A: After Sunday, the “primordial holy day of obligation” (Canon 1247), the Code of Canon Law lists 10 Holy Days of Obligation: “the Nativity of our Lord Jesus Christ, the Epiphany, the Ascension, the Body and Blood of Christ, Holy Mary the Mother of God, her Immaculate Conception, her Assumption, Saint Joseph, Saint Peter and Saint Paul the Apostles, and All Saints. Some of these may be suppressed by the local bishops’ conference (such as Sts. Peter and Paul in the United States); others can be transferred to Sunday (as is Corpus Christi in the U.S.); and still others can be added to the list (such as St. Patrick in Ireland).
Another exception allows for a bishops’ conference to lift the obligation to attend Mass on a Holy Day when it falls on a Saturday or Monday (such as Mary, Mother of God on Monday, January 1, 2024 in the United States). The obligation to attend Mass on Christmas, however, is never abrogated, regardless of the day of the week. Consequently, the faithful are obliged to attend Mass for the Fourth Sunday of Advent—which is also never abrogated—and for Christmas Day. One Mass does not fulfill two obligations (see Bishops’ Committee on the Liturgy Newsletter, February 2017, 5-6, for more information).
But which Masses the faithful attend allows for some curious leeway. The Norms on the Liturgical Year and Calendar and its Table of Liturgical Days envisions a parish schedule of Masses this upcoming Christmas along these lines:
- Saturday, December 23: Evening Mass for the Fourth Sunday of Advent
- Sunday, December 24: Morning Masses for the Fourth Sunday of Advent; Evening Masses for the Solemnity of Christmas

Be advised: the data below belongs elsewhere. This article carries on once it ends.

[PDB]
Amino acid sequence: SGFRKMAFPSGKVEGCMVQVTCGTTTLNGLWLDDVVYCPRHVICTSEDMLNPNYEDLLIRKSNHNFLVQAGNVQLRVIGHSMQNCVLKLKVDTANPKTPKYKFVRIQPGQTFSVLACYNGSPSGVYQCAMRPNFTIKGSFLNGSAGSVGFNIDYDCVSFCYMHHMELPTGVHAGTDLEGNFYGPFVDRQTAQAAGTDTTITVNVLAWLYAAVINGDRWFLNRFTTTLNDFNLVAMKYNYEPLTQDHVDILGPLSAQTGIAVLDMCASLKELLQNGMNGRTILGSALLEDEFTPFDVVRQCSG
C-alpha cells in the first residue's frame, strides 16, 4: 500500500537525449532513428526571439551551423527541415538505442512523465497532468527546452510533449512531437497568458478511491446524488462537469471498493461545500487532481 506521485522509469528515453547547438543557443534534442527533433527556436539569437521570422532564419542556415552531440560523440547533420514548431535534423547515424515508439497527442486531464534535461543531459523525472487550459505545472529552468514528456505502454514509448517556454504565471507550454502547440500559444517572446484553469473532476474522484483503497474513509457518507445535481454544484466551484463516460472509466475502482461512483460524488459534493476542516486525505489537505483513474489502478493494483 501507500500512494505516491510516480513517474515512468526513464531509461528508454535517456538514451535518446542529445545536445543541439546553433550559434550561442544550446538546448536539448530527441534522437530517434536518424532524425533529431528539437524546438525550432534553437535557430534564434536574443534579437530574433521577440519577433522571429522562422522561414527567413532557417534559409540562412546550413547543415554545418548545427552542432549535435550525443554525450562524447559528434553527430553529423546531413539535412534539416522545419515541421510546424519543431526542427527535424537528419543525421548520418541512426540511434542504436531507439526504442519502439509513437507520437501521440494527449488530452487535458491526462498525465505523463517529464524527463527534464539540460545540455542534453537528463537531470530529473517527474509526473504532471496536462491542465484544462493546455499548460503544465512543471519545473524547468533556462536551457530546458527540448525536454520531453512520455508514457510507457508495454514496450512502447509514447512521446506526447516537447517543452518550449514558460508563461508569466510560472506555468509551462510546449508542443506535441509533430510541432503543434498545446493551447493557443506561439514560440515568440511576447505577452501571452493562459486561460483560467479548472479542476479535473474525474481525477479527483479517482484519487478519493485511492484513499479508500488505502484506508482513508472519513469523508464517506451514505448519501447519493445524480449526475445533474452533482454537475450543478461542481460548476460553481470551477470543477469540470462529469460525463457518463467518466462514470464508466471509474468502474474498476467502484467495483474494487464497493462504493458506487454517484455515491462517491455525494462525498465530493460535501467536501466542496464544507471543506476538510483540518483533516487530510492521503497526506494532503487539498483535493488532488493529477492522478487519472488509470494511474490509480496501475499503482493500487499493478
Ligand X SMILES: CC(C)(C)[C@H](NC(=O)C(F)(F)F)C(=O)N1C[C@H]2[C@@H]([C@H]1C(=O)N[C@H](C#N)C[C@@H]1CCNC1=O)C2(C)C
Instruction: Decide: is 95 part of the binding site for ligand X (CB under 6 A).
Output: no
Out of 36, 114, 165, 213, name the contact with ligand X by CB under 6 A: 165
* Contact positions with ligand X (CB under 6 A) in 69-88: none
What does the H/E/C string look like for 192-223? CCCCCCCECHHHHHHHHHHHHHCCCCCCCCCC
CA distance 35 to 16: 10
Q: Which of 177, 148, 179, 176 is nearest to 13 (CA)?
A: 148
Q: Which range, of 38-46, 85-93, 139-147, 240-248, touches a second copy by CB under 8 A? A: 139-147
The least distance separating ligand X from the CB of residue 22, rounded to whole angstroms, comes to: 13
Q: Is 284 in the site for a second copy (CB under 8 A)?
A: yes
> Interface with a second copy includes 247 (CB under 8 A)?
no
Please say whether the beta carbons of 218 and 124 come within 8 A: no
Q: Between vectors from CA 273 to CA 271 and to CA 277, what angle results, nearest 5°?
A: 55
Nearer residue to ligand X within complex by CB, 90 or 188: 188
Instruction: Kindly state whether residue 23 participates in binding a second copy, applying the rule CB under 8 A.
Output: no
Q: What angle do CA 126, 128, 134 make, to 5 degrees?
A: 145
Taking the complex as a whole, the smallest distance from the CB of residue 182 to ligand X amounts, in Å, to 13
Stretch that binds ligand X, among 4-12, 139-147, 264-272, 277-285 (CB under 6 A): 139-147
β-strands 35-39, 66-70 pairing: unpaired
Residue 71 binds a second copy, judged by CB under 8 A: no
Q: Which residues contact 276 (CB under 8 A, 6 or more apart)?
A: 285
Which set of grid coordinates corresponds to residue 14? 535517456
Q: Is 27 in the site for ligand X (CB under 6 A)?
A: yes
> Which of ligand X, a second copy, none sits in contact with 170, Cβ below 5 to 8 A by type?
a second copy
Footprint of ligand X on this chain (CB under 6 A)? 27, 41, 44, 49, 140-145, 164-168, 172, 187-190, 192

- Monday, December 25: Morning and Daytime Masses for the Solemnity of Christmas.
The Code of Canon Law, however, simply states that “A person who assists at a Mass celebrated anywhere in a Catholic rite either on the feast day itself or in the evening of the preceding day satisfies the obligation of participating in the Mass” (Can. 1248 §1). In other words, the laity’s only obligation is to attend Mass twice, but not necessarily one Mass with readings and orations for the Fourth Sunday of Advent, and a second Mass using readings and prayers for the Solemnity of Christmas (although this would be ideal). For example, one could conceivably attend the first Mass on Sunday afternoon to fulfill the obligation for the Fourth Sunday of Advent (even though this Mass would celebrate the Vigil of Christmas) and attend Midnight Mass to fulfill the Christmas obligation.
In any case, parishes will follow the norms of the liturgical calendar, with Christmas Vigil beginning the evening of December 24, and parishioners will follow the requirements expresses in Canon 1248 of the Code of Canon Law. Hopefully, these two criteria will parallel each other closely for celebrations reflective of the heart of the birth of Christ.
—Answered by the Editors